The WestConnex EIS was prepared by AECOM, a global engineering firm, which City Hub has previously reported has a commercial stake in the design and building of WestConnex.
In its Response to Submissions report published in March 2016, AECOM was clear on King Street clearways. It stated: “The NSW Government has made clear public statements that there is no intention to extend clearway hours through King Street. The NSW Government position remains unchanged…”
The report was less certain about the Gateway, stating that NSW Roads and Maritime Services (RMS) was committed to working with Councils on the King St Gateway, but that as a separate project it would have to be assessed on its own merits. This includes undertaking traffic modelling and a full analysis of access and parking implications, as well as liaison with all relevant stakeholders and a detailed cost benefit analysis.
Since it is clear that WestConnex will have impacts on traffic in the Inner West, City Hub wonders why AECOM had not done traffic modelling for King Street during its own EIS process.
NSW Planning accepted the Response to Submissions report and approved the project. Jump forward to the AECOM’s Stage 3 7000 page EIS that was lodged three weeks ago and you find that the clearways and King Street Gateway provides a strong example of why the EIS for projects planned in completely separate stages cannot be relied upon.
The EIS includes an assessment of ‘cumulative impacts’, in other words an assessment of impacts that flow from all projects near and including WestConnex over five years of construction. There is no mention of the King Street Gateway.
It’s only if you dig deep into the EIS appendices, you discover that a number of projects including the King Street Gateway were screened out of the ‘cumulative impacts’ analysis, because there was ‘Insufficient public information available,’ or the timing of the project was unknown.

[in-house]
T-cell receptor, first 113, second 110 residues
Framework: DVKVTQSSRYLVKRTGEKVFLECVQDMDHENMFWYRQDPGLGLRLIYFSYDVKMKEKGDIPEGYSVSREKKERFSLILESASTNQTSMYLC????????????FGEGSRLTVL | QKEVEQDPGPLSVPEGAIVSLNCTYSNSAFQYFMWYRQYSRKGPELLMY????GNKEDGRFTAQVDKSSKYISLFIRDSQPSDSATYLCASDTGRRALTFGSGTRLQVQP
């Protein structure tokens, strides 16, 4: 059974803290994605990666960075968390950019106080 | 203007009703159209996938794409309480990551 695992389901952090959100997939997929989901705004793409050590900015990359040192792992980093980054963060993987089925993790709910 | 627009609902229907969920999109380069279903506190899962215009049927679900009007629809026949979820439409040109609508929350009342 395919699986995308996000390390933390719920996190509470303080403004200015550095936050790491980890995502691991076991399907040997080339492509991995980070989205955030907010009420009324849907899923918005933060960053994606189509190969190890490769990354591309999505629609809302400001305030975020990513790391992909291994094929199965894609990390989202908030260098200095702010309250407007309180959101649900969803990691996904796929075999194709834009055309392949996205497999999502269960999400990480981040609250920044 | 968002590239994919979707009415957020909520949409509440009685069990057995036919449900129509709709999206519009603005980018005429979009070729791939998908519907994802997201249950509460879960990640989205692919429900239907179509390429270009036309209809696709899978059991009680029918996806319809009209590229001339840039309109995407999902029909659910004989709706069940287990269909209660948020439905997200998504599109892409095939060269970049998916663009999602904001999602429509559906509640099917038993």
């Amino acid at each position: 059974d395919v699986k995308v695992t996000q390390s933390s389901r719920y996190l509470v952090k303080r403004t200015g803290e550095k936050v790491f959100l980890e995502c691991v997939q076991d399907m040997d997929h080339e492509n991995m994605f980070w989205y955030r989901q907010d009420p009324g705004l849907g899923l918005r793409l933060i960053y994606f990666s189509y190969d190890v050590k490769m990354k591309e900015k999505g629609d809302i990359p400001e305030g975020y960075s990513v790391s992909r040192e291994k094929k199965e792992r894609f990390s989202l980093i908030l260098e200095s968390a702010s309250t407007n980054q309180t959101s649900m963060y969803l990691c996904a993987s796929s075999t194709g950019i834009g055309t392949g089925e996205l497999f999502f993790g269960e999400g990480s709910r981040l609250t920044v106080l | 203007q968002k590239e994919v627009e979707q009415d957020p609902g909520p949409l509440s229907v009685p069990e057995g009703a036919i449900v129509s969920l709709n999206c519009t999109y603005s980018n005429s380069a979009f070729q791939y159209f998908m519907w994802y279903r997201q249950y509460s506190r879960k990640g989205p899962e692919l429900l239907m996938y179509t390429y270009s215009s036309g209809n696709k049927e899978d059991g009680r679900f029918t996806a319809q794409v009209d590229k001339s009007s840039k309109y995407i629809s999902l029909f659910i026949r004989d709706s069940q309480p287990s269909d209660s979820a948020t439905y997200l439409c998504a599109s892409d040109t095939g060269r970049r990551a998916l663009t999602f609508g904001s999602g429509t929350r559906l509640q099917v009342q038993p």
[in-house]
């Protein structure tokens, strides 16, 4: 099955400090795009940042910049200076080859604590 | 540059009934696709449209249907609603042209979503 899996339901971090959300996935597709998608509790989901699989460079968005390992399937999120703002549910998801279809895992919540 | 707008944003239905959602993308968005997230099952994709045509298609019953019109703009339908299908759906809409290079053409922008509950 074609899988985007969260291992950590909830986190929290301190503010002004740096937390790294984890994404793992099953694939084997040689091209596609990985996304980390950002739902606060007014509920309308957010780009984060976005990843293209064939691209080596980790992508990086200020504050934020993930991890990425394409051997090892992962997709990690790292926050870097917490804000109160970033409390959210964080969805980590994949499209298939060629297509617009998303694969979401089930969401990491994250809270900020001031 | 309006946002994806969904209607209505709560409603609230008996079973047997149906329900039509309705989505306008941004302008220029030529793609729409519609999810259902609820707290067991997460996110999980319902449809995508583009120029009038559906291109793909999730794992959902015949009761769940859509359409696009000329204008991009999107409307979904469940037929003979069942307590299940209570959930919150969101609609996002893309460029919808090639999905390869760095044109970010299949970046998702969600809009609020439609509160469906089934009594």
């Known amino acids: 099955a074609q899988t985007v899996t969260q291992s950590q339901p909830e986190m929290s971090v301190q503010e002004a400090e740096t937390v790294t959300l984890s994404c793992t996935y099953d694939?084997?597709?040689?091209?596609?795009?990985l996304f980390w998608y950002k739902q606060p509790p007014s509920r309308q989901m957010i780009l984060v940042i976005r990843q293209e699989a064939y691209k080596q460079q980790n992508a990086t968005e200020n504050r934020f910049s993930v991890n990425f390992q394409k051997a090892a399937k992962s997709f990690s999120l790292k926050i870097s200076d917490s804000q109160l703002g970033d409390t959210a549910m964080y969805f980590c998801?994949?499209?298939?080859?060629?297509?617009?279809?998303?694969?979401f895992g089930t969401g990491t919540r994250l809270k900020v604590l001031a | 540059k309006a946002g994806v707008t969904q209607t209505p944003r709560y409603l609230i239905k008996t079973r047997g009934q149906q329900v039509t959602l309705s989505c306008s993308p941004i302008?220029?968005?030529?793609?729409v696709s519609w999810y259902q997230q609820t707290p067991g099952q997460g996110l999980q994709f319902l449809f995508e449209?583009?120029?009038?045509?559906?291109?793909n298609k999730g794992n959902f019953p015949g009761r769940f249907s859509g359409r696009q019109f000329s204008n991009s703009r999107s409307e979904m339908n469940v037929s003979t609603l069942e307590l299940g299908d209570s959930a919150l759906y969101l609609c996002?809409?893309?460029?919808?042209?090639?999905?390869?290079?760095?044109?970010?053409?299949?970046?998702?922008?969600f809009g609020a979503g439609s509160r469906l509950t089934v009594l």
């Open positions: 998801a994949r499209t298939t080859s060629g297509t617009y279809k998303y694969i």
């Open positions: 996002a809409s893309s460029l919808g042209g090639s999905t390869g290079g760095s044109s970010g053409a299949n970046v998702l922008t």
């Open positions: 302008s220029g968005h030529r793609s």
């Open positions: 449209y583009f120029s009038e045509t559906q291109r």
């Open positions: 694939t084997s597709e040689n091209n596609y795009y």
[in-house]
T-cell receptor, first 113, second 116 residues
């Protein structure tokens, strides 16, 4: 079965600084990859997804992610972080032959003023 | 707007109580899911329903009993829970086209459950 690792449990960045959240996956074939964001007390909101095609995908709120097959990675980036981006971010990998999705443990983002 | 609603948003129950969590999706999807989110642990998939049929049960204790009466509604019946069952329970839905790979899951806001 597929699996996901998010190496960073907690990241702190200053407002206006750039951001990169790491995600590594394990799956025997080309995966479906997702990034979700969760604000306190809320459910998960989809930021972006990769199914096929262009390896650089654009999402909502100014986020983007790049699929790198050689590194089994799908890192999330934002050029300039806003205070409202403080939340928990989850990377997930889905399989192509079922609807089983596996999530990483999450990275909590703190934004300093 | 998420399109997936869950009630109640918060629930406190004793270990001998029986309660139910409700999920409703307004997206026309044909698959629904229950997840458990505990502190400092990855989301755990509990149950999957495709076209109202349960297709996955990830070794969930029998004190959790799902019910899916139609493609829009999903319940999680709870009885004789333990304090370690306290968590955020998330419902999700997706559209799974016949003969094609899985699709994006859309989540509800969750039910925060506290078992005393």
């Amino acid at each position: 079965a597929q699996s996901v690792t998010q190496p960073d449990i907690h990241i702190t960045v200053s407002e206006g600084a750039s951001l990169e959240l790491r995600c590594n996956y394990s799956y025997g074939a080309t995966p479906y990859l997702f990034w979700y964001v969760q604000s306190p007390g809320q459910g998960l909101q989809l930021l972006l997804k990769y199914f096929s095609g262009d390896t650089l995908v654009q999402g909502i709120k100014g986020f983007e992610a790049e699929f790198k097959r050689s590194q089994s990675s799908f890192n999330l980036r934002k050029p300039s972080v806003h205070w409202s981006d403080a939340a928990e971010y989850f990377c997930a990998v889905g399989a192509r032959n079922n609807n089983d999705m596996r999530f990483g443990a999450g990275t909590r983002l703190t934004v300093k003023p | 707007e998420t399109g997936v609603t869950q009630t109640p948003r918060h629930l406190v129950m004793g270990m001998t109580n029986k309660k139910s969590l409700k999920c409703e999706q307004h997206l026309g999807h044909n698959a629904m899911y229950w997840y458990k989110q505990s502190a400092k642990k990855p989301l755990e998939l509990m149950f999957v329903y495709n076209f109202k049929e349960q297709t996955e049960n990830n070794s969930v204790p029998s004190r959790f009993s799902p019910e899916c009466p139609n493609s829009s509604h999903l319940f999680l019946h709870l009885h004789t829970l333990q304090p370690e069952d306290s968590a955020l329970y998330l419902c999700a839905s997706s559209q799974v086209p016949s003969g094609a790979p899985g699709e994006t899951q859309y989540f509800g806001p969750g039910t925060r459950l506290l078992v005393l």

The screened out developments include several public transport projects that have strong community support. This either means these projects are on hold until after 2023 or that the actual cumulative noise, traffic and pollution impacts could be far worse than assessed by AECOM.
When I visited one of WestConnex’s five Stage 3 public EIS sessions last Saturday, I was keen to find out why AECOM, which works extremely closely with RMS, could not find out about progress with the King Street Gateway. I was told that AECOM had received no information from RMS that could be made public.
If you were planning clearways all along, why have a project to steer traffic away from King Street?
It seems apparent that the politically convenient ‘no clearways’ promise was designed to reduce the temperature of the Stop WestConnex campaign. Duncan Gay, who promised King Street would be a ‘nirvana’ if Westconnex went ahead, cannot be held accountable because he retired three months ago.
The Newtown Business Precinct have predicted ‘instant death’ for King Street if the clearways go head.
Despite their criticisms of WestConnex, neither the Shadow Minister for Infrastructure and local MP Anthony Albanese nor NSW Labor Leader Luke Foley have ever called for a stop to the project. Nor have they told the public how they will deal with the mess of WestConnex if they are elected to government in the next two years.
There will be a rally at 5.30 pm outside the EIS session at the Newtown Neighbourhood Centre on Tuesday, September 12.
Wendy Bacon is a supporter of Save Newtown